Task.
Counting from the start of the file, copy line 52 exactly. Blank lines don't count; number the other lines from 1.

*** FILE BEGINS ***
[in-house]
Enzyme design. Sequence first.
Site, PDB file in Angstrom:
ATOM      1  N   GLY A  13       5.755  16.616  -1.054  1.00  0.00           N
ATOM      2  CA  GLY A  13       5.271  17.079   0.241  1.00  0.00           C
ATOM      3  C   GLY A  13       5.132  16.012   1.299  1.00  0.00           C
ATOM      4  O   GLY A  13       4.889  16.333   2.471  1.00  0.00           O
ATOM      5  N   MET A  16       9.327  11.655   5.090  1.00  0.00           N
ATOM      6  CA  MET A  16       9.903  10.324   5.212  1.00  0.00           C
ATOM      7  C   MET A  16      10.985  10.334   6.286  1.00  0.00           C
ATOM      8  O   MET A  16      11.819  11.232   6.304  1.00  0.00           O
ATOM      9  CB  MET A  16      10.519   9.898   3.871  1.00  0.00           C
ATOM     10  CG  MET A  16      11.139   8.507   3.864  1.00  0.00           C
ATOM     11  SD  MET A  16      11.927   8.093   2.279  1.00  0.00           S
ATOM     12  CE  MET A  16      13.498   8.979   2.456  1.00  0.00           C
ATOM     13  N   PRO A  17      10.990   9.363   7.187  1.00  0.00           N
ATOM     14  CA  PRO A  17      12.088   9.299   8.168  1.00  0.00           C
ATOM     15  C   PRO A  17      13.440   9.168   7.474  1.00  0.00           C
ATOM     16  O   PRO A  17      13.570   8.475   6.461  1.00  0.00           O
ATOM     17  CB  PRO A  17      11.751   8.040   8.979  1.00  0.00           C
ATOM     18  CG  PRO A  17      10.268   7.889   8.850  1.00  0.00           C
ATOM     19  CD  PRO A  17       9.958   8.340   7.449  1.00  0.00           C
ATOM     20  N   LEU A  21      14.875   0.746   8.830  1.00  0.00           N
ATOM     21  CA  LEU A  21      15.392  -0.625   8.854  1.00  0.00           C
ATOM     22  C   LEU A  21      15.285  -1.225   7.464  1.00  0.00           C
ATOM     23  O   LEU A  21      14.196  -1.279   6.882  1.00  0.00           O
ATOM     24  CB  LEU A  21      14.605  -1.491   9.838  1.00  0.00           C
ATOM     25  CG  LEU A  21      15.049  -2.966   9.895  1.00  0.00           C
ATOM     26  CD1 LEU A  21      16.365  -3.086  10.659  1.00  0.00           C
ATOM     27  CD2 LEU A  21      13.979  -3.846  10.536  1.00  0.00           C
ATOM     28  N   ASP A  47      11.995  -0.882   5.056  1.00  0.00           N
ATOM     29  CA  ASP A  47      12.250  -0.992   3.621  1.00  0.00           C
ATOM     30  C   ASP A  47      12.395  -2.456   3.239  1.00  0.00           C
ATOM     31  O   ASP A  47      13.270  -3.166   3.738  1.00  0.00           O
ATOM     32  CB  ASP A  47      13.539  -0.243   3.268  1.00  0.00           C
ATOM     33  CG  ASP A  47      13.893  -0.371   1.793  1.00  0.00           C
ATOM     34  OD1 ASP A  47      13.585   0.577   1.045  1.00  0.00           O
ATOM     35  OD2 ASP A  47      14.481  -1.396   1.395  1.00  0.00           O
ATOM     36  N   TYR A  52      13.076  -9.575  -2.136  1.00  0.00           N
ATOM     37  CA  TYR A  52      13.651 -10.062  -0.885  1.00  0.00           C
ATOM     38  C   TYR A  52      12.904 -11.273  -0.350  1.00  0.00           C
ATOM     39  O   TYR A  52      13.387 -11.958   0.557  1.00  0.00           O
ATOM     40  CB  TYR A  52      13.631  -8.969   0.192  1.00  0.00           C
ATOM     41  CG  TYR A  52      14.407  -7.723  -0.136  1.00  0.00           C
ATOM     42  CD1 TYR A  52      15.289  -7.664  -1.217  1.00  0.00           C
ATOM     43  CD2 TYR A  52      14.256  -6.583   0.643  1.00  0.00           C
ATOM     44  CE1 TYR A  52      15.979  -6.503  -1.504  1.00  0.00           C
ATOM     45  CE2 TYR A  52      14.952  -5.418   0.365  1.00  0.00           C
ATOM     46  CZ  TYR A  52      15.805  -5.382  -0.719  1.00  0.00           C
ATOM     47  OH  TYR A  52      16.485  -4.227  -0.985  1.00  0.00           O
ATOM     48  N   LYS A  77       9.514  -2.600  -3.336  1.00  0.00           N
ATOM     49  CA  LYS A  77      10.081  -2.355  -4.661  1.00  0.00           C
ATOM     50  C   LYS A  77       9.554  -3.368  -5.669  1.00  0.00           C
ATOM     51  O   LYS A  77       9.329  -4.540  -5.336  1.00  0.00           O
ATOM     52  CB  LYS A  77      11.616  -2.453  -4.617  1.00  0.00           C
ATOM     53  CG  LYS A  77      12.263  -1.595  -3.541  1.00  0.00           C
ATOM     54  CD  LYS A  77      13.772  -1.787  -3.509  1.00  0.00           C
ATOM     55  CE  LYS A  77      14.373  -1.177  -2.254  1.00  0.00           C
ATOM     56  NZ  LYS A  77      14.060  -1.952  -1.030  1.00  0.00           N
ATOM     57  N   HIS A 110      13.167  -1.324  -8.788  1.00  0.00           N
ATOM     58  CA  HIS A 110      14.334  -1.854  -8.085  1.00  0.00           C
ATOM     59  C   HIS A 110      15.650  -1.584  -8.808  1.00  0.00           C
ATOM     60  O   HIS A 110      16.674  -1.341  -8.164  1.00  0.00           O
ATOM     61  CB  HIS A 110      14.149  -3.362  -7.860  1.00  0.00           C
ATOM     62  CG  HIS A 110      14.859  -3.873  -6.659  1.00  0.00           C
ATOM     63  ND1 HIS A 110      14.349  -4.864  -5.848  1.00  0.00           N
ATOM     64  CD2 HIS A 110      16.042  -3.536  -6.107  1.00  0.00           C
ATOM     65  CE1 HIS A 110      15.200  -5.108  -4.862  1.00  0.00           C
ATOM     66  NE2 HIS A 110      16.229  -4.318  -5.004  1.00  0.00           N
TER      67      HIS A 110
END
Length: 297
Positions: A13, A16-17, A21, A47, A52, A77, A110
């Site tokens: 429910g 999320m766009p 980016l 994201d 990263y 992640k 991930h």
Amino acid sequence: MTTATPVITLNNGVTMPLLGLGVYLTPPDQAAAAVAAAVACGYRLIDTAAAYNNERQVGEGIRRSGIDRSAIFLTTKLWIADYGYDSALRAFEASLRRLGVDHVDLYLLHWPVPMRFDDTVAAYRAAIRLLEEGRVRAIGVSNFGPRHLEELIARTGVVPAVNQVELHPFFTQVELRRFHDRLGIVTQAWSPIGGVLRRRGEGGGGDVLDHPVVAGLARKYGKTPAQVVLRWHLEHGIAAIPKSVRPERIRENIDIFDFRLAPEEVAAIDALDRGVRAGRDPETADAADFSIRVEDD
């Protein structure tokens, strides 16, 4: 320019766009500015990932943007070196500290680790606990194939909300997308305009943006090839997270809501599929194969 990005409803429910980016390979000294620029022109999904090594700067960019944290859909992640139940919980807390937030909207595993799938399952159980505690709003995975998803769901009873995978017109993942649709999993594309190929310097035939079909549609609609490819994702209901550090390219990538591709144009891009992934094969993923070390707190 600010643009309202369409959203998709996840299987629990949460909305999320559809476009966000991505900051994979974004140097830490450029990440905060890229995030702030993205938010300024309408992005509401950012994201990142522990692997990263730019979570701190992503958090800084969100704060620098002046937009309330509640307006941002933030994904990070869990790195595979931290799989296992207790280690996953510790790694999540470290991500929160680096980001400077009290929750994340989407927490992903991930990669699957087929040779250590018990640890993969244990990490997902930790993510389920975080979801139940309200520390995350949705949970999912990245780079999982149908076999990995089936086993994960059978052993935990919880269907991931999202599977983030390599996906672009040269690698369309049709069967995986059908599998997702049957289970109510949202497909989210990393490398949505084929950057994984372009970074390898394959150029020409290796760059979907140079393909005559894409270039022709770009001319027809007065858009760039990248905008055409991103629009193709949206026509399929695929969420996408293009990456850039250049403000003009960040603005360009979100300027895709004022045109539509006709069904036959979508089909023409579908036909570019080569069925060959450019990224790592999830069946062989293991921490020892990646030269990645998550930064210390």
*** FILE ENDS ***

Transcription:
ATOM     49  CA  LYS A  77      10.081  -2.355  -4.661  1.00  0.00           C